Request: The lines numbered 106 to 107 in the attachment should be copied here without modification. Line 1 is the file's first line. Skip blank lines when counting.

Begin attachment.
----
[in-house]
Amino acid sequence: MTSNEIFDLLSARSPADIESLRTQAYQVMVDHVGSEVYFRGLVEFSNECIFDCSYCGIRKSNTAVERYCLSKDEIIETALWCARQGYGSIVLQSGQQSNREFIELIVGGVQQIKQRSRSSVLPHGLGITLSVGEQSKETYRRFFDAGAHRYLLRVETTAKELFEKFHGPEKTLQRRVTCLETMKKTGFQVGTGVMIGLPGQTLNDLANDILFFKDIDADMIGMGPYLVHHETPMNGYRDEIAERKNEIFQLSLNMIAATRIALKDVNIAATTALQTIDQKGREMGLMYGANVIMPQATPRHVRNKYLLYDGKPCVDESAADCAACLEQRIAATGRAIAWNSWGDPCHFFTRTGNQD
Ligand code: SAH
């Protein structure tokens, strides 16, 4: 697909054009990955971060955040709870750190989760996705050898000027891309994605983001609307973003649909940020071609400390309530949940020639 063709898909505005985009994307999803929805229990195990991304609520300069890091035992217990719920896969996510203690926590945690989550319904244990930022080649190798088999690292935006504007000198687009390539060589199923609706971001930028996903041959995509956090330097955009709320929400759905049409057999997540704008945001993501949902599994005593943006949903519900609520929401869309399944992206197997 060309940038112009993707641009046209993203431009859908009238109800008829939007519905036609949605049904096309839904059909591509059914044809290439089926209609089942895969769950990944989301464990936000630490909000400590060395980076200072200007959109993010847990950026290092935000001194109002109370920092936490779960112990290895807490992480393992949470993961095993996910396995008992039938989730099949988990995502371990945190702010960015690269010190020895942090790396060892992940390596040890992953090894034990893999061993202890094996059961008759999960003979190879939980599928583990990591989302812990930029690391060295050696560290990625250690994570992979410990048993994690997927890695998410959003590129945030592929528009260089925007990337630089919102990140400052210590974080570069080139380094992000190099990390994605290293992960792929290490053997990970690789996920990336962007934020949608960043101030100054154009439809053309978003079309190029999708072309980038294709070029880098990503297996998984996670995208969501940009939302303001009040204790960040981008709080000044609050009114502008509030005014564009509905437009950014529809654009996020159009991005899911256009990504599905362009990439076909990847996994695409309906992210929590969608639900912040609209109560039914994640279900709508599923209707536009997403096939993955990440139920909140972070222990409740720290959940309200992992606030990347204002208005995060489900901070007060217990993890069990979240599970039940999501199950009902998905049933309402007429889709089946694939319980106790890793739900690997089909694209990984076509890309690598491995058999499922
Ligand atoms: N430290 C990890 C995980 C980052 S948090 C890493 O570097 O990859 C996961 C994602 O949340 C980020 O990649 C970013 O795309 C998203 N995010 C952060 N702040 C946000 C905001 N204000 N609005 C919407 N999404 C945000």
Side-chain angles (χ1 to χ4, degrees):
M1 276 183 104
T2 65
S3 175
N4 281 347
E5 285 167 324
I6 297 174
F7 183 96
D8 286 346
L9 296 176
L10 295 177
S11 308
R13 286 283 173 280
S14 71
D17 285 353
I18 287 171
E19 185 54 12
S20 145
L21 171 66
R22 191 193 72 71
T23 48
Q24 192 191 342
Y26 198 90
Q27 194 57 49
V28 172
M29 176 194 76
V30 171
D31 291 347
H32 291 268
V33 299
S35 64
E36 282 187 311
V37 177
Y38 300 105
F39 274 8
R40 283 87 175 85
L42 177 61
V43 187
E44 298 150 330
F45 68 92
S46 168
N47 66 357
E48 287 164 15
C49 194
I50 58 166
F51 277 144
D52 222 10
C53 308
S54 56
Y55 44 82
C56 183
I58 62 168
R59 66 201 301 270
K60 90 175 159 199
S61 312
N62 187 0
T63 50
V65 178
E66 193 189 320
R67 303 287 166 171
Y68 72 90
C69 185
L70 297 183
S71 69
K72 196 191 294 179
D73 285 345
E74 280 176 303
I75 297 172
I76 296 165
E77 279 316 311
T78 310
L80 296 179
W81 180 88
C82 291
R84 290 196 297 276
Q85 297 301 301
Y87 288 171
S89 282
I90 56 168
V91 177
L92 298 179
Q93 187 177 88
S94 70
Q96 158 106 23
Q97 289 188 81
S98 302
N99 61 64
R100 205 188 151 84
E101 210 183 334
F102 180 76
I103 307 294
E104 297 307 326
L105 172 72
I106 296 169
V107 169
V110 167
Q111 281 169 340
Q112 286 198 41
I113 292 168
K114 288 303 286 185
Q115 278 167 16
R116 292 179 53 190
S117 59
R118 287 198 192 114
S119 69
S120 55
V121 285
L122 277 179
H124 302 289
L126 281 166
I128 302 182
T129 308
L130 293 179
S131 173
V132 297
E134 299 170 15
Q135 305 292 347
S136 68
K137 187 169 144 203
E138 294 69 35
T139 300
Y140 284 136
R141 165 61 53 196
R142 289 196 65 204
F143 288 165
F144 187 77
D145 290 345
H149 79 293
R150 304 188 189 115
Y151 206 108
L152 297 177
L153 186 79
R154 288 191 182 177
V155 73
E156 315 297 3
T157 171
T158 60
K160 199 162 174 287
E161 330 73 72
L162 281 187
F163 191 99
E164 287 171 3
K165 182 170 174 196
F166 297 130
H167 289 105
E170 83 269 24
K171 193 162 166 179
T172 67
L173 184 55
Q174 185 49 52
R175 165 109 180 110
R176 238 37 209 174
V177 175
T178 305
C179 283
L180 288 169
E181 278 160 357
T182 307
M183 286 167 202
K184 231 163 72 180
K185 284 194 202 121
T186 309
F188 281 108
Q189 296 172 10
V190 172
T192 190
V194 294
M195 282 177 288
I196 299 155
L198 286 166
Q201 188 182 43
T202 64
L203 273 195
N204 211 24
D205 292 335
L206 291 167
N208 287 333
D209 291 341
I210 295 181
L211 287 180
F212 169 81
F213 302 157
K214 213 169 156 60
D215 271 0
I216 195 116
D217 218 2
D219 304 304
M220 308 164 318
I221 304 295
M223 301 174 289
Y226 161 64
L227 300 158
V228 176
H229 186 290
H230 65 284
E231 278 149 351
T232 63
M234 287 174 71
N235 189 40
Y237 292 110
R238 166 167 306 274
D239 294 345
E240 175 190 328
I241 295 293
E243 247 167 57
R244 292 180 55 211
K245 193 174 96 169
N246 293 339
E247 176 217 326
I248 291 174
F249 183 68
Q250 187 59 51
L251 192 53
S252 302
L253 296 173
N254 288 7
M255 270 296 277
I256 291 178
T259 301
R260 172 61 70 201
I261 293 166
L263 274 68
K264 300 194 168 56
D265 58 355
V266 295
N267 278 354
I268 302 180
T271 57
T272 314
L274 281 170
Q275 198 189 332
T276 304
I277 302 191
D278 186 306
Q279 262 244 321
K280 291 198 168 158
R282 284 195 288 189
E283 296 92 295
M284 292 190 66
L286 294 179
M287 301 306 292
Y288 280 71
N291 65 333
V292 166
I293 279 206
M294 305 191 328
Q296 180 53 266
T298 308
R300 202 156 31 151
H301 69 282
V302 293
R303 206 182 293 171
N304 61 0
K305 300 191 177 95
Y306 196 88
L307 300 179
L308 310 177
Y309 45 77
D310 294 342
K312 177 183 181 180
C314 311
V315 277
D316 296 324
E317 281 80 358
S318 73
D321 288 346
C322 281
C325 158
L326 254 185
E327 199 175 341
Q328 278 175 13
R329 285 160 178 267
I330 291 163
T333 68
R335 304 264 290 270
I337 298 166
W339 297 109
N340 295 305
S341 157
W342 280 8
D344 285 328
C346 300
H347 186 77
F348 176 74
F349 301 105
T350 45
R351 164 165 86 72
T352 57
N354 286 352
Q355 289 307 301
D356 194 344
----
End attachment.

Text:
Q115 278 167 16
R116 292 179 53 190